Stanford Report, April 21, 2004
Black children might have been better off without Brown v. Board, Bell says
BY LISA TREI
While honoring the efforts and sacrifices of the people whose struggles culminated in Brown v. Board of Education, the Supreme Court case that ended school segregation in this country, New York University Professor Derrick Bell provocatively suggested last week that generations of black children might have been better off if the case had failed.
"From the standpoint of education, we would have been better served had the court in Brown rejected the petitioners' arguments to overrule Plessy v. Ferguson," Bell said, referring to the 1896 Supreme Court ruling that enforced a "separate but equal" standard for blacks and whites. While acknowledging the deep injustices done to black children in segregated schools, Bell argued the court should have determined to enforce the generally ignored "equal" part of the "separate but equal" doctrine.
Bell, a visiting law professor at New York University, lectured at the opening of a symposium April 15-16 to mark the 50th anniversary of the landmark Brown decision. Presented by the Program in American Studies, the event included two discussion panels that considered some of the unrecognized catalysts and unintended consequences of the historic court case. (See related story.)
Bell's address was largely based on his new book, Silent Covenants, in which he writes about an imaginary court opinion that would have upheld the "separate but equal" doctrine. But he also spoke from deep personal experience.
During the 1960s, Bell handled hundred of cases involving school litigation in the South as a lawyer for the NAACP Legal Defense Fund. In 1971, he became the first tenured black professor at Harvard Law School, but relinquished the position in 1992 when he refused to return from a two-year, unpaid leave of absence he took to protest the lack of women of color on the faculty. Since then, he has been a visiting professor at New York University Law School.
Bell said his argument echoed that made in 1935 by civil rights pioneer W.E.B. Du Bois during a period when the NAACP was trying to end segregation by focusing its litigation efforts on the stark disparities between black and white schools. Du Bois, an NAACP founder who originally had attacked Jim Crow laws and the establishment of black schools, later came to the conclusion that "Negro children needed neither segregated schools nor mixed schools. What they need is education."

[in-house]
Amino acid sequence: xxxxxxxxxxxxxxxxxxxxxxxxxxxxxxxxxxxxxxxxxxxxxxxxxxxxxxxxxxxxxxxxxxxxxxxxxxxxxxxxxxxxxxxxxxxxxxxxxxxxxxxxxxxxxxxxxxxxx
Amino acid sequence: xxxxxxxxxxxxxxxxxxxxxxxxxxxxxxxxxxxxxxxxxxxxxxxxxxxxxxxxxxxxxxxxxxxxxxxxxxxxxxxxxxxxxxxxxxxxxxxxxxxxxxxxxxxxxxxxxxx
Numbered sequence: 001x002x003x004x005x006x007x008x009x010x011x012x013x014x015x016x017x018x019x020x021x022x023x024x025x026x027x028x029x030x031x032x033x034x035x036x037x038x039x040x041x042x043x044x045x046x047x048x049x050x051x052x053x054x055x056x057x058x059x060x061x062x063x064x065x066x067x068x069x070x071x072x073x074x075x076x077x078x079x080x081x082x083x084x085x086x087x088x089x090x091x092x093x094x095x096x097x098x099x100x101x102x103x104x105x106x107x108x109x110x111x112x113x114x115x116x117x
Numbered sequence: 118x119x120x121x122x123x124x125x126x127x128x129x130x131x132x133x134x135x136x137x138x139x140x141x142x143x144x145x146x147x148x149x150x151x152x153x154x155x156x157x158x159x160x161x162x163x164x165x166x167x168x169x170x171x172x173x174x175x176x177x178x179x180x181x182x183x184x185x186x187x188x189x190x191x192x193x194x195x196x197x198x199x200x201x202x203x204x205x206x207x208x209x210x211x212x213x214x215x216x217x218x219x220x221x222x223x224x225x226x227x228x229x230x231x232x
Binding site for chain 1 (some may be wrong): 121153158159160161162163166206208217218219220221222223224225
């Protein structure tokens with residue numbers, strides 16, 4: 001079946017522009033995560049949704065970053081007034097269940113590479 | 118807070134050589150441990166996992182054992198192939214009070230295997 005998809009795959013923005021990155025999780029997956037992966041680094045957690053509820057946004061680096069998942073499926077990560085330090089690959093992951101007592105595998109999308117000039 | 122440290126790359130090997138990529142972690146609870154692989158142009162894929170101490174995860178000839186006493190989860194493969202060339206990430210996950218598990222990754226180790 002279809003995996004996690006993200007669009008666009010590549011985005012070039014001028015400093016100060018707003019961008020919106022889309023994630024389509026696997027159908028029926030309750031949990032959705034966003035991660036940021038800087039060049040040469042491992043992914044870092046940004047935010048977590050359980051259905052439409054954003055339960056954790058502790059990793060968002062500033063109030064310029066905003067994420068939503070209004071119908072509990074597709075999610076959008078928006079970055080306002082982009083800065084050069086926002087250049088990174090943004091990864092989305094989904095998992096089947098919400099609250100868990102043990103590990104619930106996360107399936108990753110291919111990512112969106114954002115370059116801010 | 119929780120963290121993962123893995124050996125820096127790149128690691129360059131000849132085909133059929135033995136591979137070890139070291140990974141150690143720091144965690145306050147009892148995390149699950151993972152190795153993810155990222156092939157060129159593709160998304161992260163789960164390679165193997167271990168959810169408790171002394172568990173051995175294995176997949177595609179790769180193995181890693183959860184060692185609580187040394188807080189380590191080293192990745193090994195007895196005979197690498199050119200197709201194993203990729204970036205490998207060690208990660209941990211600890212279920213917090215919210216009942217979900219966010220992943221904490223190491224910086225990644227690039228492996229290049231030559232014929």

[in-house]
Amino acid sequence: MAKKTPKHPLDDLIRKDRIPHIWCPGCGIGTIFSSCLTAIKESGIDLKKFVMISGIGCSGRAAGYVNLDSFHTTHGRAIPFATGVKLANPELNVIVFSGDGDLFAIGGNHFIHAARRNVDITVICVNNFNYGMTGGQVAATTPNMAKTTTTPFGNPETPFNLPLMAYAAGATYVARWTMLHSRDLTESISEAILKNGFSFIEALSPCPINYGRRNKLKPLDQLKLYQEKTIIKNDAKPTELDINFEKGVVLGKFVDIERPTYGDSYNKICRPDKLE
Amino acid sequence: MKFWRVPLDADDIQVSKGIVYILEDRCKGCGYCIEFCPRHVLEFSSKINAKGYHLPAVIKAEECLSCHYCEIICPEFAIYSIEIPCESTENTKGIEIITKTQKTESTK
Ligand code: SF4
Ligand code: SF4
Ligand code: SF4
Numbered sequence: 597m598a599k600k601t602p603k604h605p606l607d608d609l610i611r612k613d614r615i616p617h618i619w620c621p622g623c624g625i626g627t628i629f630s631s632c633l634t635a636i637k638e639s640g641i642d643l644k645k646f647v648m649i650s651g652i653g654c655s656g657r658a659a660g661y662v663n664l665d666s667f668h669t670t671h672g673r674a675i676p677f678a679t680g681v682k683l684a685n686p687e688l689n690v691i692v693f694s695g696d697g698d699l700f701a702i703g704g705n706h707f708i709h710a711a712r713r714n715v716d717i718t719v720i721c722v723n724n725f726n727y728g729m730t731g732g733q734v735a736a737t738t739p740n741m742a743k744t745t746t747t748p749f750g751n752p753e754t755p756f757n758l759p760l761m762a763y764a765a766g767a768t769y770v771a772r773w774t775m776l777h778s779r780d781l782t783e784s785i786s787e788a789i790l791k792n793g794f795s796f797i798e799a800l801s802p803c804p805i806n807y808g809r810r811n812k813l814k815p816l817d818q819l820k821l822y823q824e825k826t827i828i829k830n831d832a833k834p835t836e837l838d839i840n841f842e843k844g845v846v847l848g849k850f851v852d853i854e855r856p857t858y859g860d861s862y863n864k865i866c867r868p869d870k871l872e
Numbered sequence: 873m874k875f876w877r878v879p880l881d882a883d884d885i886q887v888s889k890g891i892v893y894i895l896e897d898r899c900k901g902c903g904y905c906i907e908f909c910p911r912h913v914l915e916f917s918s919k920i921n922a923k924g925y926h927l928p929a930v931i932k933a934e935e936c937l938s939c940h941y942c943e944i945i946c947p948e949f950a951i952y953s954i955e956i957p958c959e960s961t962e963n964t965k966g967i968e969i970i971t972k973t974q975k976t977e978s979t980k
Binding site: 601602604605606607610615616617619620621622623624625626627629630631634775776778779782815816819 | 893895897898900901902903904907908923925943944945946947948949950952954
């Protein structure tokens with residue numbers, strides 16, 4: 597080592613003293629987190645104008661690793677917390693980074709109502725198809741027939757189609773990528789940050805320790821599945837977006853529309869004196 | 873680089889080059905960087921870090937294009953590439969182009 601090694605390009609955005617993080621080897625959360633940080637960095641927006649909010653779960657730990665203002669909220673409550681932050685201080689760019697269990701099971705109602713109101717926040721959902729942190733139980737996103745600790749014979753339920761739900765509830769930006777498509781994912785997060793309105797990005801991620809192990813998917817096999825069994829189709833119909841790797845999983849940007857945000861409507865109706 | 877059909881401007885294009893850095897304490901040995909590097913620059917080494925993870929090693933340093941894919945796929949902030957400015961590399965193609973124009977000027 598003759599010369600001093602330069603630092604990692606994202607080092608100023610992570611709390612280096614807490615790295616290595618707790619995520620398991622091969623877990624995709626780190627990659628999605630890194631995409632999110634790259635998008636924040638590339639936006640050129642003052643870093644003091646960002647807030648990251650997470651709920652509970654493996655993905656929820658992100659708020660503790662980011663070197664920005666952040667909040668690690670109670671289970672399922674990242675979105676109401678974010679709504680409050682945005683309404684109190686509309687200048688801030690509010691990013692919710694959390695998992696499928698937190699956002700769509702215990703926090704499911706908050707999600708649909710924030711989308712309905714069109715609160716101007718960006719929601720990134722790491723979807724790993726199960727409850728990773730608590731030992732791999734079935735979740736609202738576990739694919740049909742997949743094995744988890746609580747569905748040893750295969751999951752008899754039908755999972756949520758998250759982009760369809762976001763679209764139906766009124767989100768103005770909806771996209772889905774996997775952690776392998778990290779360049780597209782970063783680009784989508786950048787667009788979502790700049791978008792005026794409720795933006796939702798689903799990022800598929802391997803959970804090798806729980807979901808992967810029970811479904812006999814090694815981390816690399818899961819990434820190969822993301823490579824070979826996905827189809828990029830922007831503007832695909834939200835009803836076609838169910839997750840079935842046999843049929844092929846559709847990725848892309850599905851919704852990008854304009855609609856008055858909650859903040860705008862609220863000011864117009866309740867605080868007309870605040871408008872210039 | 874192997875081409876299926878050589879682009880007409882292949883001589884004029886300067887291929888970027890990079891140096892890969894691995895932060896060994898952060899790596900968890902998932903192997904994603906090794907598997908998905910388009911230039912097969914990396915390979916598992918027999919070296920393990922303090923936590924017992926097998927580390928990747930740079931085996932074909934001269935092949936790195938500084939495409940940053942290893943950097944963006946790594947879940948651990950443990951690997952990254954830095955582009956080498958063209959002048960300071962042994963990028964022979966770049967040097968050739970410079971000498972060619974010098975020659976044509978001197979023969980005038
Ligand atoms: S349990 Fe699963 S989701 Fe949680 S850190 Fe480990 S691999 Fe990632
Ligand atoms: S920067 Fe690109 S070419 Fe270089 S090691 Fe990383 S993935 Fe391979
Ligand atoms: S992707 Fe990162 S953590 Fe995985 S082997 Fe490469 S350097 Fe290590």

In May 1954, as civil rights advocates celebrated the Brown decision, Du Bois, then 86 years old, noted that "no such decision would have been possible without the world pressure of communism," which rendered it "simply impossible for the United States to continue to lead a 'Free World' with race segregation kept legal over a third of its territory." Bell said that Du Bois predicted, accurately as it turned out, that the South would not comply with the decision for many years, "long enough to ruin the education of millions of black and white children."
In 1976, Bell said he came to the same conclusion in an article titled Serving Two Masters, which stated, "Our clients' aims for better schooling for their children no longer meshed with integrationist ideals. Civil rights lawyers were misguided in requiring racial balance of each school's student population as the measure of compliance and the guarantee of effective schooling. In short, while the rhetoric of integration promised much, court orders to ensure that black youngsters received the education they needed to progress would have achieved much more."
Rather than resolving the nation's racial dilemma, the Brown decision has made it more complex, Bell argued. "Racial disparities, wide and widening in every measure of well-being, overshadow the gains in status achieved by those of us black Americans who, by varying combinations of hard work and good fortune, are viewed as having 'made it,'" he said.
Instead, what Brown did for many African Americans was legitimate the status quo. While they remained poor and disempowered, their status was no longer a result of denied equality. Rather, Bell said, it marked a personal failure to take advantage of one's defined equal status.
In conclusion, Bell argued that Brown v. Board of Education ultimately failed to remove barriers to equal education based on race. "Our hopes that it would do so have been replaced by a reluctant observation that it unintentionally replaced overt barriers with less obvious but equally obstructive new ones," he said. "The campaign continues."